As shown in FIGS. 7 and 8, the gripping teeth can each include a length L extending from the upright arm 56 a into the containment area 48 a, and a base width W extending laterally along an attachment location 114 of each of the gripping teeth. The length L and the base width W can be substantially equal. As used herein, the term “substantially equal” is meant to indicate a state in which the dimensions being compared are within about 30% of each other. Thus, in one embodiment, the length L of the teeth is about 0.2 inches, and the base width W is about 0.25 inches.
As shown in side view in FIG. 7, each of the gripping teeth can include a largest cross section at a base attachment location 114 on the upright arm 48 a and a smallest cross section at a tip 116 terminating in the containment area. The cross-section of each teeth can also include a continually tapering cross section therebetween. In this manner, the widest, or thickest, portion of the teeth, i.e., the portion of the teeth that is least likely to bend upon insertion of an object into the holder, resides at the contact location on the upright arm. The thinnest portion of the teeth, or the portion most likely to bend upon insertion of an object into the holder, resides at the innermost point 116 of each tooth. As an object is inserted into the holder, the teeth bend mostly at the tip portion to provide a retaining force to the elongate object. Thus, the object is contacted by only a relatively small area of the gripping teeth, resulting in sufficient grip to hold the object while allowing the object to be relatively easily and quietly removed from the holding device.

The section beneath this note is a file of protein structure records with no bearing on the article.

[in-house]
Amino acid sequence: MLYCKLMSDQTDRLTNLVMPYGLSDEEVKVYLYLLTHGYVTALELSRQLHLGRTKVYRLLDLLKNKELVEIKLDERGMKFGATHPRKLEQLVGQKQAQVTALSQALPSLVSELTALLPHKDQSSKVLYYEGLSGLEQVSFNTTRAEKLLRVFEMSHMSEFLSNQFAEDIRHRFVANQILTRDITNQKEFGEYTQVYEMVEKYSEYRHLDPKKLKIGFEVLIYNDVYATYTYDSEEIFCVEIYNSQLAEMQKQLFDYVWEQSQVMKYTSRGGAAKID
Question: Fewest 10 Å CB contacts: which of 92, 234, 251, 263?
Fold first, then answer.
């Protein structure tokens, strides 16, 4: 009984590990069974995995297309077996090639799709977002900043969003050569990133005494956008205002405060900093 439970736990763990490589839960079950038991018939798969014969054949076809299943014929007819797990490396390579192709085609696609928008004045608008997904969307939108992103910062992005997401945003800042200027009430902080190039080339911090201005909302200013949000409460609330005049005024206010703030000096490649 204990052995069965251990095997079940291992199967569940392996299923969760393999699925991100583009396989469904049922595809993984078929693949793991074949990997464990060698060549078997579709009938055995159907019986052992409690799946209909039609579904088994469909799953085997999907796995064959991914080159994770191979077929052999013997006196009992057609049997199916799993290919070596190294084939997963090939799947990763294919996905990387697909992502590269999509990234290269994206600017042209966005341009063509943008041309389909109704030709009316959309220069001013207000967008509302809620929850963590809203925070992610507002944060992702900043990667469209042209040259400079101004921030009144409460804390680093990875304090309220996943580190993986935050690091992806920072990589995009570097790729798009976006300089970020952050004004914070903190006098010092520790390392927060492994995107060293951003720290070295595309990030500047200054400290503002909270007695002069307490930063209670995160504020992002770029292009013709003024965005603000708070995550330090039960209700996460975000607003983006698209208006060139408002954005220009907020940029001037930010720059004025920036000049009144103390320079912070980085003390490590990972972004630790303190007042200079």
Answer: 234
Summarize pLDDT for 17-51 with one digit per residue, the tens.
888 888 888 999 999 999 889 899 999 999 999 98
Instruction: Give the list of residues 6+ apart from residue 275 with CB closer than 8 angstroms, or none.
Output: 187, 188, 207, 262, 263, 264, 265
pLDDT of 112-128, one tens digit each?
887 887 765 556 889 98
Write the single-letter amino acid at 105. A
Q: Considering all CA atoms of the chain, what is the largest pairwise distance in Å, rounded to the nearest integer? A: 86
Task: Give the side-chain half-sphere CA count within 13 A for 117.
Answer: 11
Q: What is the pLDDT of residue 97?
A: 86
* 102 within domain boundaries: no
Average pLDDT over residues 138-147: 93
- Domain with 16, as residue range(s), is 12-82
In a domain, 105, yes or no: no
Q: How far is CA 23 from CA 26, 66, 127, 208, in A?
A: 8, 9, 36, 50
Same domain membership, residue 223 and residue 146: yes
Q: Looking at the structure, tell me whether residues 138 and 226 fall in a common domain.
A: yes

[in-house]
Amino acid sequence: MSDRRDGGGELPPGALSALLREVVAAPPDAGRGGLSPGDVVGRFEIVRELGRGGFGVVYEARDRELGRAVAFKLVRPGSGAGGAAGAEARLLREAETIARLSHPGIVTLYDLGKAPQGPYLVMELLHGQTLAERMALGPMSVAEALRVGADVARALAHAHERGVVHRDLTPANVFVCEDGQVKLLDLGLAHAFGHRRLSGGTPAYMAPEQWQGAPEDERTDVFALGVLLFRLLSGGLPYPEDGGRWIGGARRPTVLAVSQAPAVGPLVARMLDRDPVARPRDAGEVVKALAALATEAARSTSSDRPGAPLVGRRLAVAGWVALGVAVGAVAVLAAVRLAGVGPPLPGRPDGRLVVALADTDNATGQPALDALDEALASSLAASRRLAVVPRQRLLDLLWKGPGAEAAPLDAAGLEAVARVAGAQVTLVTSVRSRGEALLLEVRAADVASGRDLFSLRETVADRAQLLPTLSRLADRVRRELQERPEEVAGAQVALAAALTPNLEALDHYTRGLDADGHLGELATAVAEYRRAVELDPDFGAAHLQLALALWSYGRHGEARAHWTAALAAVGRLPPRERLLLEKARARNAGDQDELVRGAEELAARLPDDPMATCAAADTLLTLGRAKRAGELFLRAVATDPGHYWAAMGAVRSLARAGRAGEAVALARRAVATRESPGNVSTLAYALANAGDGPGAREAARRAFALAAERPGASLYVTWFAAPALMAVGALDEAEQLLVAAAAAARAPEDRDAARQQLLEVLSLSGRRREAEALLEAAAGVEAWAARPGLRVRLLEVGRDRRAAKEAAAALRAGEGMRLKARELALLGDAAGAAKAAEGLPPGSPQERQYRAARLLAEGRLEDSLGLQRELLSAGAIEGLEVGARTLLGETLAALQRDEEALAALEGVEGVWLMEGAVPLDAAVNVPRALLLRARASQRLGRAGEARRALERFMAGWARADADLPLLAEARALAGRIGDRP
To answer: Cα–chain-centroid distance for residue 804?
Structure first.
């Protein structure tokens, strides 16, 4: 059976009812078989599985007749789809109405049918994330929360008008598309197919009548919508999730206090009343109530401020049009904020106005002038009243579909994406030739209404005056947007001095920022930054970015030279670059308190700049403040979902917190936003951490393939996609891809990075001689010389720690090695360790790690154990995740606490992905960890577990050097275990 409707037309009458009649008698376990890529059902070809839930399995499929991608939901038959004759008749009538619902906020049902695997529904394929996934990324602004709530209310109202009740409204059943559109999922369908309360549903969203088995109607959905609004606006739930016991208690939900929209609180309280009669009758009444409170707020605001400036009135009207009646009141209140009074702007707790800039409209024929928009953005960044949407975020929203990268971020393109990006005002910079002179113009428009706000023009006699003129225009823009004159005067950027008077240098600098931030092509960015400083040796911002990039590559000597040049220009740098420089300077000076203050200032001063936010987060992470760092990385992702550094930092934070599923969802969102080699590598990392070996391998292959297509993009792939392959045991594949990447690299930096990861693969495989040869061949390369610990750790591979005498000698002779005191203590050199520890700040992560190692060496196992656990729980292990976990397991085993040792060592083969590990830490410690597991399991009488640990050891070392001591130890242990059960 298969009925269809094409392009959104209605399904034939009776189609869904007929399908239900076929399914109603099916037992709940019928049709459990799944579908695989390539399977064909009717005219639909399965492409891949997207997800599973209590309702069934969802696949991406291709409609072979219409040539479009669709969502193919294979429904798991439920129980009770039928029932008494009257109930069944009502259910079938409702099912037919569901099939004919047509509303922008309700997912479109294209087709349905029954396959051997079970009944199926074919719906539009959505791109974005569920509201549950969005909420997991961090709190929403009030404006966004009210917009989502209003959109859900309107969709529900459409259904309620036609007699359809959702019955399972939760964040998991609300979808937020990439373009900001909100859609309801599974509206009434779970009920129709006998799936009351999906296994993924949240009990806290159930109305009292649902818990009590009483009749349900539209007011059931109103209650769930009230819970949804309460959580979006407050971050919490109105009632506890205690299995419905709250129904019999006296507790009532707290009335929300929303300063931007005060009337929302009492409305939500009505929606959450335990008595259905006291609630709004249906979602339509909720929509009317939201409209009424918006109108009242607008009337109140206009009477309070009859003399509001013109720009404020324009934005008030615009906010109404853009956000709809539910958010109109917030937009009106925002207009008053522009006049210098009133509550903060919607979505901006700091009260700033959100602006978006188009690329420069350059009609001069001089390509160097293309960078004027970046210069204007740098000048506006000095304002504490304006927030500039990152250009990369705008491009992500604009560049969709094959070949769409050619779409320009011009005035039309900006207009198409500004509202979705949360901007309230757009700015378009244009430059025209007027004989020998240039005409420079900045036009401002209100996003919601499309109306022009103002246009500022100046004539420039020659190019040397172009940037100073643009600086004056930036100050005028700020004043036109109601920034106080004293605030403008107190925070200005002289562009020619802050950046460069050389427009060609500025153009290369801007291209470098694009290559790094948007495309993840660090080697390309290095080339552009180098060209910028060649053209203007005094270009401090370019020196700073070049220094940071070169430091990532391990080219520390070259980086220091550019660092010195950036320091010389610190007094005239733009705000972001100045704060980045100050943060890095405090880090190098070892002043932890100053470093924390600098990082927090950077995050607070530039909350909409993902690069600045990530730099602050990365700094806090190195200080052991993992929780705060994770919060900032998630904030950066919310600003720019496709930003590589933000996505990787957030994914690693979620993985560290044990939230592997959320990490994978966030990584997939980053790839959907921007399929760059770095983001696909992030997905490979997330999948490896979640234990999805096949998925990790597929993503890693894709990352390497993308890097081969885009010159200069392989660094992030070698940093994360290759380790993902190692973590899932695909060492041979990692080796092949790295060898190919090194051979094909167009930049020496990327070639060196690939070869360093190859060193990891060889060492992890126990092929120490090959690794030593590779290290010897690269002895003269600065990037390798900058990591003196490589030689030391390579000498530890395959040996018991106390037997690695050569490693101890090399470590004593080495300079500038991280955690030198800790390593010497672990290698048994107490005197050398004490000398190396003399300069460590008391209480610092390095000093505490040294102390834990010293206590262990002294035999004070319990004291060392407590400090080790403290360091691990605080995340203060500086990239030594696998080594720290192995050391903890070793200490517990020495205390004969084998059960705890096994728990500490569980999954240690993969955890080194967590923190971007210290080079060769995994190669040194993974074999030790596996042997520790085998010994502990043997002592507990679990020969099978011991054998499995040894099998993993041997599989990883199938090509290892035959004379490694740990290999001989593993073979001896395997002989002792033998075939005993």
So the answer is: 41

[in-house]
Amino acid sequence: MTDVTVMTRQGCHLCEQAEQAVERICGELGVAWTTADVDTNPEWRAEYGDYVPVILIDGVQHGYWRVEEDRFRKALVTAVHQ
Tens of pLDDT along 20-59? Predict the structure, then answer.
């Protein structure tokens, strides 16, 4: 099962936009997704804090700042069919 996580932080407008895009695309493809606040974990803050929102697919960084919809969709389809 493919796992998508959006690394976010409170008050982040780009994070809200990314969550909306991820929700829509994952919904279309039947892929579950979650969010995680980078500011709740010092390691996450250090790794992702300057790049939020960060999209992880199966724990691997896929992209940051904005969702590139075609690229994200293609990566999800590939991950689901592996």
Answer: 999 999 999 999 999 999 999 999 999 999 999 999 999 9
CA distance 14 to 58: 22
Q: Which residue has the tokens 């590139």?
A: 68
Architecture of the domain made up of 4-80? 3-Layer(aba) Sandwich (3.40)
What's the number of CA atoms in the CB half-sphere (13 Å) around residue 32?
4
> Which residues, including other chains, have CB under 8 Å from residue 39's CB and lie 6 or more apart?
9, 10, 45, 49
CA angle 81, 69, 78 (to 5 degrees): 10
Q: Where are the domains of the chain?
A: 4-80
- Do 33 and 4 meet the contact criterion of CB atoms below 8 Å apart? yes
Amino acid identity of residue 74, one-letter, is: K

As shown in cut-away view in FIG. 9, the gripping teeth 112 can include a cross-section 118 with a substantially circular shape. In one embodiment, the cross section of the tooth, taken at any location along the length L (shown in FIG. 7), is substantially circular and reduces in diameter from the base attachment location 114 to the tip section 116. In this manner, a non-planar contact interface is provided between the gripping teeth and the elongate object to provide a secure grip on the elongate object while minimize the magnitude of the gripping force provided by the teeth to allow the elongate object to be easily and quietly removed from the holding device.
In another embodiment, as shown in FIG. 10, the gripping teeth 112 a can each include a cross-section 120 with a substantially oval shape. The cross section of the oval-shaped gripping teeth can be substantially oval taken at any location along the length L (shown in FIG. 7) and can reduce in major or minor diameter from the base attachment location 114 to the tip section 116. Thus, a non-planar contact interface is provided between the gripping teeth and the elongate object to provide a secure grip on the elongate object while minimize the magnitude of the gripping force provided by the teeth to allow the elongate object to be easily and quietly removed from the holding device.